Authors: Steven Deitelzweig, Allison Keshishian , Amiee Kang, Amol D. Dhamane, Xuemei Luo, Neeraja Balachander, Lisa Rosenblatt, Jack Mardekian, Jenny Jiang, Huseyin Yuce, Gregory Y. H. Lip
Background: Gastrointestinal (GI) bleeding is the most common type of major bleeding associated with oral anticoagulant (OAC) treatment. Patients with major bleeding are at an increased risk of a stroke if an OAC is not reinitiated.
Methods: Non-valvular atrial fibrillation (NVAF) patients initiating OACs were identified from the Centers for Medicare and Medicaid Services (CMS) Medicare data and four US commercial claims databases. Patients who had a major GI bleeding event (hospitalization with primary diagnosis of GI bleeding) while on an OAC were selected. A control cohort of patients without a major GI bleed during OAC treatment was matched to major GI bleeding patients using propensity scores. Stroke/systemic embolism (SE), major bleeding, and mortality (in the CMS population) were examined using Cox proportional hazards models with robust sandwich estimates.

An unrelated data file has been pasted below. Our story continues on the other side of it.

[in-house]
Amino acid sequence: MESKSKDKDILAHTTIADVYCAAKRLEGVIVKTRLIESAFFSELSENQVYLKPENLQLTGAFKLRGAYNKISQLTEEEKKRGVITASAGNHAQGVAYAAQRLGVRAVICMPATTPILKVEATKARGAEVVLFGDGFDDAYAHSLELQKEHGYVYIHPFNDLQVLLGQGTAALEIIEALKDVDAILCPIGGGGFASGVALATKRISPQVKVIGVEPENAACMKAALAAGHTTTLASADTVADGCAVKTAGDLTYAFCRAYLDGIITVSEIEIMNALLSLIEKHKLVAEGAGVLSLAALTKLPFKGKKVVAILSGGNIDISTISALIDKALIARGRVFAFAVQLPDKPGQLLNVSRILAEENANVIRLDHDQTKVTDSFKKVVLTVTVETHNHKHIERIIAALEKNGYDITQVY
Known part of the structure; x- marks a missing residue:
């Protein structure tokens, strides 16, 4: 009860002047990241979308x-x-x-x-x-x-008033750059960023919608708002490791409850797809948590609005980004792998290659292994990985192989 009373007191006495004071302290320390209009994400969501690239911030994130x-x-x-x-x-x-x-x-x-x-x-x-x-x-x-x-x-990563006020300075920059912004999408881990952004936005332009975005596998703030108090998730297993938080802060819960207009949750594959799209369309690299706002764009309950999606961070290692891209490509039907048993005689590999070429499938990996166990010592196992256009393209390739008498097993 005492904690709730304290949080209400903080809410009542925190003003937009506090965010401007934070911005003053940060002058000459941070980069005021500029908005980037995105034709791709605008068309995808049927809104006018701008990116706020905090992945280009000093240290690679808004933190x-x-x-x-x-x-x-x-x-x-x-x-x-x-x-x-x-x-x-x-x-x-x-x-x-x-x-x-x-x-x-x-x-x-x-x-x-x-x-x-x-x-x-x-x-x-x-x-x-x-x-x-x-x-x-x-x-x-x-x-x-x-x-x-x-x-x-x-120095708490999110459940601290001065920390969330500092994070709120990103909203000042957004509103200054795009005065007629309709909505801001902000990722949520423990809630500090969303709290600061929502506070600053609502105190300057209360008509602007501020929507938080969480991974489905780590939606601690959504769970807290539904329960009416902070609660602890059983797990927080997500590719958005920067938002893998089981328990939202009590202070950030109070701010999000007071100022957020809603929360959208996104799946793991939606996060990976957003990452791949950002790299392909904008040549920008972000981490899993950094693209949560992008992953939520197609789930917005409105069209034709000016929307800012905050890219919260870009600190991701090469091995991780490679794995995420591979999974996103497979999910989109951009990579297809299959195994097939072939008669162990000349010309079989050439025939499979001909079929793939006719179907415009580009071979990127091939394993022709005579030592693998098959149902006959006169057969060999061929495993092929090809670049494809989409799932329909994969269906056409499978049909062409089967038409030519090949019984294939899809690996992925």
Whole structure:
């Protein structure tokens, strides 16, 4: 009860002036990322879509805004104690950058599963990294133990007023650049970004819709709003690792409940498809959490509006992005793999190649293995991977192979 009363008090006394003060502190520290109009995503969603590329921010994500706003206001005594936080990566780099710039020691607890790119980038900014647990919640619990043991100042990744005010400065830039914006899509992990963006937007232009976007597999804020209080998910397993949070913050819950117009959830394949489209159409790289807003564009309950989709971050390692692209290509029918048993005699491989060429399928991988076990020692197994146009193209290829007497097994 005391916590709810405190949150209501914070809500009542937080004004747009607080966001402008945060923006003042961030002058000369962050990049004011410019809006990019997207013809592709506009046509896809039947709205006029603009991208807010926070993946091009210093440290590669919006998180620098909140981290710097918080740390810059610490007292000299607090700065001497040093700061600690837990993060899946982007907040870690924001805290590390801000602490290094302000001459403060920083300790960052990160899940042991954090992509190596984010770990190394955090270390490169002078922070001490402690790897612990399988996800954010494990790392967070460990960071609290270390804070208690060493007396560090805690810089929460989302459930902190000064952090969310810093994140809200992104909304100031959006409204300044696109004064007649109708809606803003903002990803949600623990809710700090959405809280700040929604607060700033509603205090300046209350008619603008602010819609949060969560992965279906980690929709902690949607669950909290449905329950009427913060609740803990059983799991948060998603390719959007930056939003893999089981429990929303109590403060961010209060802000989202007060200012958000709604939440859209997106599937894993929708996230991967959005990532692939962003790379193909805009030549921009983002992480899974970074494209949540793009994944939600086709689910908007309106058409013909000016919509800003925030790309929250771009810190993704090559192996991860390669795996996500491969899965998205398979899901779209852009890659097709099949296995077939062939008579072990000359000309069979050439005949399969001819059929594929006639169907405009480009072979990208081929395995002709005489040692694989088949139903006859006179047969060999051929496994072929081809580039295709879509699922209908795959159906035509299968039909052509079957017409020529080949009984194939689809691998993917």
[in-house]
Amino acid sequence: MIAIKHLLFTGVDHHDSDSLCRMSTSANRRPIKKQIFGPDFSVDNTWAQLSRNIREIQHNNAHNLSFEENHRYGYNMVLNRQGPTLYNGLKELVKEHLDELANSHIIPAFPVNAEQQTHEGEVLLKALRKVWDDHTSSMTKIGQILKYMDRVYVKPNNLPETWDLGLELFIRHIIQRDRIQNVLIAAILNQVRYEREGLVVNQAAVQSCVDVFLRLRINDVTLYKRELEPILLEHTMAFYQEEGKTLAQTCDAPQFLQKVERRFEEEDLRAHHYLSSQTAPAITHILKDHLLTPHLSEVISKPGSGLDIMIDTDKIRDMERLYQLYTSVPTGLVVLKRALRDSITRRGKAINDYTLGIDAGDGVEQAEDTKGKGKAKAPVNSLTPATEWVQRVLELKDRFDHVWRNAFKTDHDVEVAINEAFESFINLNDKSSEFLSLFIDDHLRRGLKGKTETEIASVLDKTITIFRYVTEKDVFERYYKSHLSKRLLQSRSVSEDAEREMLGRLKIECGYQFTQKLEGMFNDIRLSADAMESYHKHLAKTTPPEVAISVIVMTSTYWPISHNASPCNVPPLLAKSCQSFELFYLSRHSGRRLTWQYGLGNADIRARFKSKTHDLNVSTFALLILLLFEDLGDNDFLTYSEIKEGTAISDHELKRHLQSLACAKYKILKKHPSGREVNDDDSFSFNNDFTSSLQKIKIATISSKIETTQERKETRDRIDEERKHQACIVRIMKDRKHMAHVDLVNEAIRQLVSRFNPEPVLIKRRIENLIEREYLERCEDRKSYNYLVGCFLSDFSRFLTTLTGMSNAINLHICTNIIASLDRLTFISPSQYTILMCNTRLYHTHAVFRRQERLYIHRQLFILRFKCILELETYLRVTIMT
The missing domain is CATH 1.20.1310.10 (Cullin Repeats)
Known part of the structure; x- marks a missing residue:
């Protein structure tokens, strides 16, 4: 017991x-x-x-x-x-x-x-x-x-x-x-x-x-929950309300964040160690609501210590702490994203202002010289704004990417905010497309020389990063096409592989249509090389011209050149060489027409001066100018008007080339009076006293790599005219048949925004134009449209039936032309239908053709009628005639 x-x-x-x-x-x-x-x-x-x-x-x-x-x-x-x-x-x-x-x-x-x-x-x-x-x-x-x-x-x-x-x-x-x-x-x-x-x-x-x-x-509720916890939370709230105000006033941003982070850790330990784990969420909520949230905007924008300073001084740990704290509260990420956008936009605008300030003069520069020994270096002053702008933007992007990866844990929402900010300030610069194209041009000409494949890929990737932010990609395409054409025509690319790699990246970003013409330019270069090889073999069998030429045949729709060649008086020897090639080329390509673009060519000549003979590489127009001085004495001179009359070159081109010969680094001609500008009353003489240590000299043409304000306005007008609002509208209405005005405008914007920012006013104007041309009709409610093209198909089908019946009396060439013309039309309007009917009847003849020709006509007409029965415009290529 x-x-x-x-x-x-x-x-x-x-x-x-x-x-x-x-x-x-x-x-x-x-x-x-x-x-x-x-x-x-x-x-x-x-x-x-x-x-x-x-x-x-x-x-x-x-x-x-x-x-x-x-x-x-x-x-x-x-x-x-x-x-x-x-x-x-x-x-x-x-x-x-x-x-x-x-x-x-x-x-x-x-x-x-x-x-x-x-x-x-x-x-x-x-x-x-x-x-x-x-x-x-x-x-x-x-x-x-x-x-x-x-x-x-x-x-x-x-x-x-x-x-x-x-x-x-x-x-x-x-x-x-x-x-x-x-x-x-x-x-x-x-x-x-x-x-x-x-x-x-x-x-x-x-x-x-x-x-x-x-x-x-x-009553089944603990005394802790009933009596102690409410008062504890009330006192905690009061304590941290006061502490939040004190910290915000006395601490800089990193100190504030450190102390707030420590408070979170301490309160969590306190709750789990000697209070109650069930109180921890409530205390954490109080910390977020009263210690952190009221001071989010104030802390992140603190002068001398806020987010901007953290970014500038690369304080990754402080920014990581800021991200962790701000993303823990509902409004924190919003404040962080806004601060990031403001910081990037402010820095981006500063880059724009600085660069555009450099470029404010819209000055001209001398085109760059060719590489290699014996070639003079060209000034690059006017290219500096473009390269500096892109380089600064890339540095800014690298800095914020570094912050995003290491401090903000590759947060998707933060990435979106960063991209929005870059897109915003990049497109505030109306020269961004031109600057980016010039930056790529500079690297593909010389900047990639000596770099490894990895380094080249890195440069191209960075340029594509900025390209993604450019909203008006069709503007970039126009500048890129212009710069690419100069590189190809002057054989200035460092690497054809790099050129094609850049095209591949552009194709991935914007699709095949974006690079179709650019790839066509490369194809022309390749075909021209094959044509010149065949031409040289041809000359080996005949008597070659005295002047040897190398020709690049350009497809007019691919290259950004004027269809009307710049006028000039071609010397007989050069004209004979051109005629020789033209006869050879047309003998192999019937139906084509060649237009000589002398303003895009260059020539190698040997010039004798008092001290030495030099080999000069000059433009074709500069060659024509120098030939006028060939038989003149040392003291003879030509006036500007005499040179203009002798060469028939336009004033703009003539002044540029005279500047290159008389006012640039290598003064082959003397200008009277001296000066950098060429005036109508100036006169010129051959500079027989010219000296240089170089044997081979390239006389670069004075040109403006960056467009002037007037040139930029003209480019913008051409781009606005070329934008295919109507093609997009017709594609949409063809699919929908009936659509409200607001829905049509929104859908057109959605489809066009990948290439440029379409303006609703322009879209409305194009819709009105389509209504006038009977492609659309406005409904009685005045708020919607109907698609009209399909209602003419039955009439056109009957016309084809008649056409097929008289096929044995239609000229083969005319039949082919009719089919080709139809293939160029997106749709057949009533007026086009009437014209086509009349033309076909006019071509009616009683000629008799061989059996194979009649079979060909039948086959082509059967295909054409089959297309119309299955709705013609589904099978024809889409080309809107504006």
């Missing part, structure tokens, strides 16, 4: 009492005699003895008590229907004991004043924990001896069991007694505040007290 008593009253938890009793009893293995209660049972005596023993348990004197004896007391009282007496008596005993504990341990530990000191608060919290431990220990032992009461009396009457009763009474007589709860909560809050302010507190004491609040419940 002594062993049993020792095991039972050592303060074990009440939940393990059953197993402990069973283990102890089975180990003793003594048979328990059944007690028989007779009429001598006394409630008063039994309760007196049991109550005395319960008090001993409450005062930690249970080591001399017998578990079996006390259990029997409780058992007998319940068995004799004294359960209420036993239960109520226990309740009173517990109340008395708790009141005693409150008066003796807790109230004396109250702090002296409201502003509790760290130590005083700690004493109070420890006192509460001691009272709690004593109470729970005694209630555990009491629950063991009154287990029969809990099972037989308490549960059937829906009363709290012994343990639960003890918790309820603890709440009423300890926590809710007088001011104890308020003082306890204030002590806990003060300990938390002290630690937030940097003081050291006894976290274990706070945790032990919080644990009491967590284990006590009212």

Results: A total of 15,888 patients with major GI bleeding and 833,052 patients without major GI bleeding were included in the study. Within 90days of the major GI bleed, 58% of patients discontinued the initial OAC treatment. Patients with a major GI bleed had a higher risk of stroke/SE [hazard ratio (HR): 1.57, 95% confidence interval (CI): 1.42–1.74], major bleeding (HR: 2.79, 95% CI: 2.64–2.95), and all-cause mortality (HR: 1.29, 95% CI: 1.23–1.36) than patients without a major GI bleed.
Conclusion: Patients with a major GI bleed on OAC had a high rate of OAC discontinuation and significantly higher risk of stroke/SE, major bleeding, and mortality after hospital discharge than those without. Effective management strategies are needed for patients with risk factors for major GI bleeding.
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